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The evacuation was one of the most horrible experiences of my adult life. About five-hundred thousand to one million automobiles, trucks, boats, motor homes and campers were all in a line on every street, road and highway. Each vehicle headed west out of harms way.

There were 178-mile-per-hour winds of death blowing at our backs, looking to suck up and destroy everything we Americans have worked so hard to accomplish, not to mention all that we hold dear to our hearts.

We traveled down Highway 82 from Brunswick, Georgia to Waycross at a high rate of speed - reaching almost six miles per hour at times. It was my wife, son, daughter-in-law, two friends, six dogs and three cats all packed into three small automobiles. None of us realized that an even bigger, faster, larger wind lay before us only an hour or two down the road. I do not think we ever traveled more than six miles per hour, nor did we ever move forward move than 500 feet without having to stop. It was nerve racking and pushed your patience to the limit.

I reached over and turned on the C.B. radio to see if there was an accident ahead. Suddenly, I noticed a woman and her friend stranded along the side of the road, their hood raised and their vehicle overheating. People were jumping from their cars and dropping off gallons of their own drinking water for the woman. As we passed, we gave her another gallon of water. She was pouring water into her radiator when it spewed back into her face scalding her on the side of the head. Immediately, three or four passengers jumped from their slow moving cars to rush to her assistance, offering her towels and several men started pouring water into her radiator.

Another mile or so down the road, a trucker came on the radio asking if anyone could tell him where he could stop and get a Mountain Dew. He had nothing to drink as all the stores were out of beverages when he stopped. Now everything was closed and boarded up. A voice responded and asked him his location. He replied that he was passing mile marker 19. The voice came back on several minutes later and told him to look on signpost 21 when he drove by it. Suddenly, horns started blowing, which were heard for miles. When we passed marker 21, we spotted the cold, refreshing Mountain Dew on top of the marker.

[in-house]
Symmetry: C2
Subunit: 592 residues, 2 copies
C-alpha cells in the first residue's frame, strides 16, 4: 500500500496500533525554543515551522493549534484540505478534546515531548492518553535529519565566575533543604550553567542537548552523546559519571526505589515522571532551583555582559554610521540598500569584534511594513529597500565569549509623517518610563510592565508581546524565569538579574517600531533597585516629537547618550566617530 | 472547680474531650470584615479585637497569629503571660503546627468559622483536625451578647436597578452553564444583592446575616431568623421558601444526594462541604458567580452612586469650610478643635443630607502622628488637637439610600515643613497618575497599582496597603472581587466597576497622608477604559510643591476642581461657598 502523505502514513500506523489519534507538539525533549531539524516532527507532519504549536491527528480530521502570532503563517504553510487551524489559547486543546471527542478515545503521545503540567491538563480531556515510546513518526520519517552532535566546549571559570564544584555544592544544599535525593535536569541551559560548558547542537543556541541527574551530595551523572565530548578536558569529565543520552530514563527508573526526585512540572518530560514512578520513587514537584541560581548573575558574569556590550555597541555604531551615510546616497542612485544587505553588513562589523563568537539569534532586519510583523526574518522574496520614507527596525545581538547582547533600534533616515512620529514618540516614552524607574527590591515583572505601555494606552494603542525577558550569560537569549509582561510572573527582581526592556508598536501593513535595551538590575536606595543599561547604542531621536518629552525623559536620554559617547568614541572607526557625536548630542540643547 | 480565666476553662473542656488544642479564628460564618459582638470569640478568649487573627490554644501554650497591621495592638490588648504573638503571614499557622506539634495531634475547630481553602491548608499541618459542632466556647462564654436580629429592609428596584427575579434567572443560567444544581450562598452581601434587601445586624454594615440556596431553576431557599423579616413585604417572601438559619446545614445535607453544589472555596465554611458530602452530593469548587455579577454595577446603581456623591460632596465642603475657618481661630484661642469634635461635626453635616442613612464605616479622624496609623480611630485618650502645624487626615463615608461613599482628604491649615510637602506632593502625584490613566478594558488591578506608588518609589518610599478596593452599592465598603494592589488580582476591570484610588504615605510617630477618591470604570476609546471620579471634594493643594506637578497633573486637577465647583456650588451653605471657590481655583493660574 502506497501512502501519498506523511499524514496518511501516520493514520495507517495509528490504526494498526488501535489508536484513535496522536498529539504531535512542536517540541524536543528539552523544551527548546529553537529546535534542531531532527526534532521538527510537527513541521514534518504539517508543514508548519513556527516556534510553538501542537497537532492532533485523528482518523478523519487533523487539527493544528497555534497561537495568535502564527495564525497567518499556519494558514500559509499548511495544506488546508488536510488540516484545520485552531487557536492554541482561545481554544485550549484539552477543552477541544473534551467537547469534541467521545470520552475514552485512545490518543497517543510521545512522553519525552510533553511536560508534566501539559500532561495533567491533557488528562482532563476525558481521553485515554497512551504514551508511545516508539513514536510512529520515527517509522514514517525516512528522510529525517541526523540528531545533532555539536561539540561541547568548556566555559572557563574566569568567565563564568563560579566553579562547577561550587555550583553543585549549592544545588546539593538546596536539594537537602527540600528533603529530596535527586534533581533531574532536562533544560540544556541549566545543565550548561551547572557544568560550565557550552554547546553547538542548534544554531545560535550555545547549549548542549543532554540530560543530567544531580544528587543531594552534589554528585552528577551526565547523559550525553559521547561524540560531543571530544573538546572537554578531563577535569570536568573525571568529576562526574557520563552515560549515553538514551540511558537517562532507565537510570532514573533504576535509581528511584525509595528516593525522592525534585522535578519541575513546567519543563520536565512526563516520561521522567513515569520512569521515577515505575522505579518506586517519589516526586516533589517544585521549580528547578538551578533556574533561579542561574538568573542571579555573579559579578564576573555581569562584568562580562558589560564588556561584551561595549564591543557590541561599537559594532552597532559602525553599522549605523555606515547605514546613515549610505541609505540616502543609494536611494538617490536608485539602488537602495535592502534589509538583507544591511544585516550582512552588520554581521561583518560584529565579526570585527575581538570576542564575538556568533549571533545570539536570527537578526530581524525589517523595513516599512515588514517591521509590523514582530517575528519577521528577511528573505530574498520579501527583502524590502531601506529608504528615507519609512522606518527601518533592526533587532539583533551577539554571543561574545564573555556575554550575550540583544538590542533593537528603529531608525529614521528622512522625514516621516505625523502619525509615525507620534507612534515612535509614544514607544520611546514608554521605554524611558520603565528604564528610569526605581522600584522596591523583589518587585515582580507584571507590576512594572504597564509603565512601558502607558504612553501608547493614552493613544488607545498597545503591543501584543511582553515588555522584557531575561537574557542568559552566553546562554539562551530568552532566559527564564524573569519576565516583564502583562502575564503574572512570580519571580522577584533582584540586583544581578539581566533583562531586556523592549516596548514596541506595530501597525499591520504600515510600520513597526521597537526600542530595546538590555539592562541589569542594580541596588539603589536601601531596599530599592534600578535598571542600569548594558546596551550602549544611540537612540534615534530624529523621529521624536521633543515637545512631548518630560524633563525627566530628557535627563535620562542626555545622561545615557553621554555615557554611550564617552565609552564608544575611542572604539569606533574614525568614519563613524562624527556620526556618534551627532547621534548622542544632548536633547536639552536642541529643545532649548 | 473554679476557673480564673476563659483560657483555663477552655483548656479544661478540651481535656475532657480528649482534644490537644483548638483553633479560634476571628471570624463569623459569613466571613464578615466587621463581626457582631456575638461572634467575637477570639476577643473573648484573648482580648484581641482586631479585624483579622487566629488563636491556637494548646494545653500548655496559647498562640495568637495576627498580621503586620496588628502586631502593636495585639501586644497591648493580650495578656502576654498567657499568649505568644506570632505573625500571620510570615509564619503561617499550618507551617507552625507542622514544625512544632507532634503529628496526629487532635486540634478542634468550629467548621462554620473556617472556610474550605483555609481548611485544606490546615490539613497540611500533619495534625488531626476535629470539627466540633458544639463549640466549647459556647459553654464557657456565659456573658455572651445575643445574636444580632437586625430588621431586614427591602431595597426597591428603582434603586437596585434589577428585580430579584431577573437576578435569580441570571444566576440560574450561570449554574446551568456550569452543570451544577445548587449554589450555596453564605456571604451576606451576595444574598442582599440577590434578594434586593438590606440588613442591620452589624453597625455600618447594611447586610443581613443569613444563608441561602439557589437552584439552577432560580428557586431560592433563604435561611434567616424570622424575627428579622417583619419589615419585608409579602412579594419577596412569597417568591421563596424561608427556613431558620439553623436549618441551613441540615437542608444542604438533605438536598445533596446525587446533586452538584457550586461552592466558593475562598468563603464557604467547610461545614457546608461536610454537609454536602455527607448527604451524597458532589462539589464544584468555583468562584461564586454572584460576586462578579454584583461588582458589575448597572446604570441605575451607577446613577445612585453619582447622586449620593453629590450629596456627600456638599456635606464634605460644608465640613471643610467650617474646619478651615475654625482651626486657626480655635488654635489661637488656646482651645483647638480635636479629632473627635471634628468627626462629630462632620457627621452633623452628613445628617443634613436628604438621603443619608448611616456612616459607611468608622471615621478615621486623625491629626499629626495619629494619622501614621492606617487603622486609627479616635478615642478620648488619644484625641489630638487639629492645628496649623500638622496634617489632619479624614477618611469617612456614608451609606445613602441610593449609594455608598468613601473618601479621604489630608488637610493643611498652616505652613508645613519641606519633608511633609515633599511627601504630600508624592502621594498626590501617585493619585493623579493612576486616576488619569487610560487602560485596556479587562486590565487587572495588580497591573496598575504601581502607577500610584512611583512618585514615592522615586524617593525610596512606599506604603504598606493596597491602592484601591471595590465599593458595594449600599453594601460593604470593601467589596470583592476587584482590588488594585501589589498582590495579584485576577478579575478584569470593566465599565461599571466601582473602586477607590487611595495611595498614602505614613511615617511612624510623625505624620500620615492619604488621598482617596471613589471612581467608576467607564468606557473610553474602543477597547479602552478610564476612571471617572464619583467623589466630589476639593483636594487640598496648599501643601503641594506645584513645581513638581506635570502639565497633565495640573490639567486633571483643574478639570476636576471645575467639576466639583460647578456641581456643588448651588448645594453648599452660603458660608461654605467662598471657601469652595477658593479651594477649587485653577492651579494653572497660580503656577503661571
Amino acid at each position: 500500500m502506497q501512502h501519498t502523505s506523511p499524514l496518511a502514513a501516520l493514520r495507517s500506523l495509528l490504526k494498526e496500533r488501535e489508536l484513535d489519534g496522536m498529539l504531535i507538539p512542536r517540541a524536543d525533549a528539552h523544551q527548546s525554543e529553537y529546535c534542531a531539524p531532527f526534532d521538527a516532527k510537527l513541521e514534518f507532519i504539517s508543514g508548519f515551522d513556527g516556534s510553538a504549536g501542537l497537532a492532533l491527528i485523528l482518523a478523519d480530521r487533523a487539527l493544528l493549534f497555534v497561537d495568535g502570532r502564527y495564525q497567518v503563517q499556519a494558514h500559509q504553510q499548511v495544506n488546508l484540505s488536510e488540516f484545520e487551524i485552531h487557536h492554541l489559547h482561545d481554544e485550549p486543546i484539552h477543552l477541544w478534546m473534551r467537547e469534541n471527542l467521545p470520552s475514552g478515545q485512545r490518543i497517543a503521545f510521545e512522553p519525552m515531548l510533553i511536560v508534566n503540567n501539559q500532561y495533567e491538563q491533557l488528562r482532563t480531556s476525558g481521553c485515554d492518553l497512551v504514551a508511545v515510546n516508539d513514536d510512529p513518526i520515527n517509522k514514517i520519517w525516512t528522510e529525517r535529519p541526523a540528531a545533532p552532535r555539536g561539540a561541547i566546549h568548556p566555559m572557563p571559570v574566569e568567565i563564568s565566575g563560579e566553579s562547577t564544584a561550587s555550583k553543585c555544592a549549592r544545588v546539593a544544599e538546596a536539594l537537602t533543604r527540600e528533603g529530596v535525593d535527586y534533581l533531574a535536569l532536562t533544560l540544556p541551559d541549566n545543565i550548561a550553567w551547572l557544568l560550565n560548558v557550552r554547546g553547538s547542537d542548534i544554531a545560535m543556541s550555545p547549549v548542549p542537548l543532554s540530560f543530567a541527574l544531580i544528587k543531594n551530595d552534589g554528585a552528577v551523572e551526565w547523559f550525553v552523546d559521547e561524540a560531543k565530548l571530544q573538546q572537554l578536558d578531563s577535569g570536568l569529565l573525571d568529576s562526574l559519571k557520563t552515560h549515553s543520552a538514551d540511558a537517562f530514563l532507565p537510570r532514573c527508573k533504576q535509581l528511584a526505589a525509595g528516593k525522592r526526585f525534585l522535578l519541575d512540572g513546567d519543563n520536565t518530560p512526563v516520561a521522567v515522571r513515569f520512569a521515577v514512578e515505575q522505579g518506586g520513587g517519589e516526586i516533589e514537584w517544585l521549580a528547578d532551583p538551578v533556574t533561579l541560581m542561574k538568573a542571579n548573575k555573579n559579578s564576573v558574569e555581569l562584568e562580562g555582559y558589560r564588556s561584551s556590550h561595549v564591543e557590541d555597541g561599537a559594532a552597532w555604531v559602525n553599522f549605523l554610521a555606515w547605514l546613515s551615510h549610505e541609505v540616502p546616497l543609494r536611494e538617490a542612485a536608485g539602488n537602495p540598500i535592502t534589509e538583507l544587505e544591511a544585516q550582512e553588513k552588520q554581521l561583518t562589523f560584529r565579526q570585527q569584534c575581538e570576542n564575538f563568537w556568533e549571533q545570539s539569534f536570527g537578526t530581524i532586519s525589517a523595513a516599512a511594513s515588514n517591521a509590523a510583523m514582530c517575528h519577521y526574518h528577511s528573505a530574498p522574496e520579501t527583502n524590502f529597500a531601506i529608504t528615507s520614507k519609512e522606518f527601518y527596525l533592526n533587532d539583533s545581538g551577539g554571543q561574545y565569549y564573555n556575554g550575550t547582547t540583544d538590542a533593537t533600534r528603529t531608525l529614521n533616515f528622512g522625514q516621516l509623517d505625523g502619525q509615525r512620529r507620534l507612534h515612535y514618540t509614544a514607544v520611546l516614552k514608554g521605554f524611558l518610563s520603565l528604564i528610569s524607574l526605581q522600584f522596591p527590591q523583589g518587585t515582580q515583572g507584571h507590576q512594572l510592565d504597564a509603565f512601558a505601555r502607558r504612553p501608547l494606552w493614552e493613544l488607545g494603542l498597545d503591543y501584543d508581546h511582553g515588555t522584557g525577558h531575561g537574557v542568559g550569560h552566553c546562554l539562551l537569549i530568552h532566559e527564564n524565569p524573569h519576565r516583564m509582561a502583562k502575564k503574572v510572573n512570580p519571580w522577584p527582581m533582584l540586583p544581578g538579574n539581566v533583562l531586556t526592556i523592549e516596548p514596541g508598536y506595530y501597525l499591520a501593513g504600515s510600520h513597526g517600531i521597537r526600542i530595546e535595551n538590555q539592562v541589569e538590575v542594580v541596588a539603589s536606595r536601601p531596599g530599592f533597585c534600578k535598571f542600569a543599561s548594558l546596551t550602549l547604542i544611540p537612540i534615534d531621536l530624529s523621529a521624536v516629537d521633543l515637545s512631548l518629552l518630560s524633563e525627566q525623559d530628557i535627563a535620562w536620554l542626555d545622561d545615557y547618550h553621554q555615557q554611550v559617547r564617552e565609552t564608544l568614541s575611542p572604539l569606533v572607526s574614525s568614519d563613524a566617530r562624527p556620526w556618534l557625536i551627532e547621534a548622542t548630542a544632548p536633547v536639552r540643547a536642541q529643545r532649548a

People, who would ordinarily be pushed to their limits, were jumping from their vehicles trying to help anyone and everyone they could. When we finally arrived in Waycross nine hours later, a drive that would ordinarily have taken us about 35 minutes, we had nowhere to go. All the motels for three states were full, so we slept in the automobiles with the animals. This was a night of licking, scratching and stink that I never want to do again. It was also one of the worst night’s rests I have ever encountered, but we made the best of it.

The next morning, we rose at about six o'clock and stood around with hundreds, if not thousands of other people that were also stranded. It was cold, cloudy and the wind was blowing at about 45 miles per hour. Then along came the local electric company asking us if we needed any help finding a local shelter. We could not go to a shelter, because we had animals that we were not about to leave, even if it meant warmth and hot food. About an hour later, the animal control people came around asking everyone if they needed dog or cat food; it was free for the animals.

There were no restaurants open for 50 miles so there was no hot food. We could not find any type of bread as all the stores were sold out of everything, including water. We just ate what we could and made the best of it. Several hours later, a black woman drove up and stopped; we were huddled around our vehicles to stay out of the cold wind.

She said, "You do not know me from Adam, but I would like to invite you to my home to take a hot shower and clean up if you wish.”

As we traveled to her home, she talked about her new Web TV unit and how proud she was of it. After taking a bath, my son and I, being somewhat Web TV and computer wizards, left her house that day with her unit packed with search engines, folders, web sites and as much stuff as we could get into her system. Not to mention signing her up as a new Heartwarmers4u customer.

When the authorities gave the all clear, we headed back to Brunswick, Georgia to our warm, sweet, and wonderful home. Yes, it was a bad and dangerous experience and one that I never wish to repeat. But the strong winds that were ahead of us yesterday were the winds of kindness, friendship, courtesy and love. Not even the dangerous winds of this deadly hurricane could ever change the wind that makes the people of this country so great and wonderful.

AMERICA, I am so proud of you.

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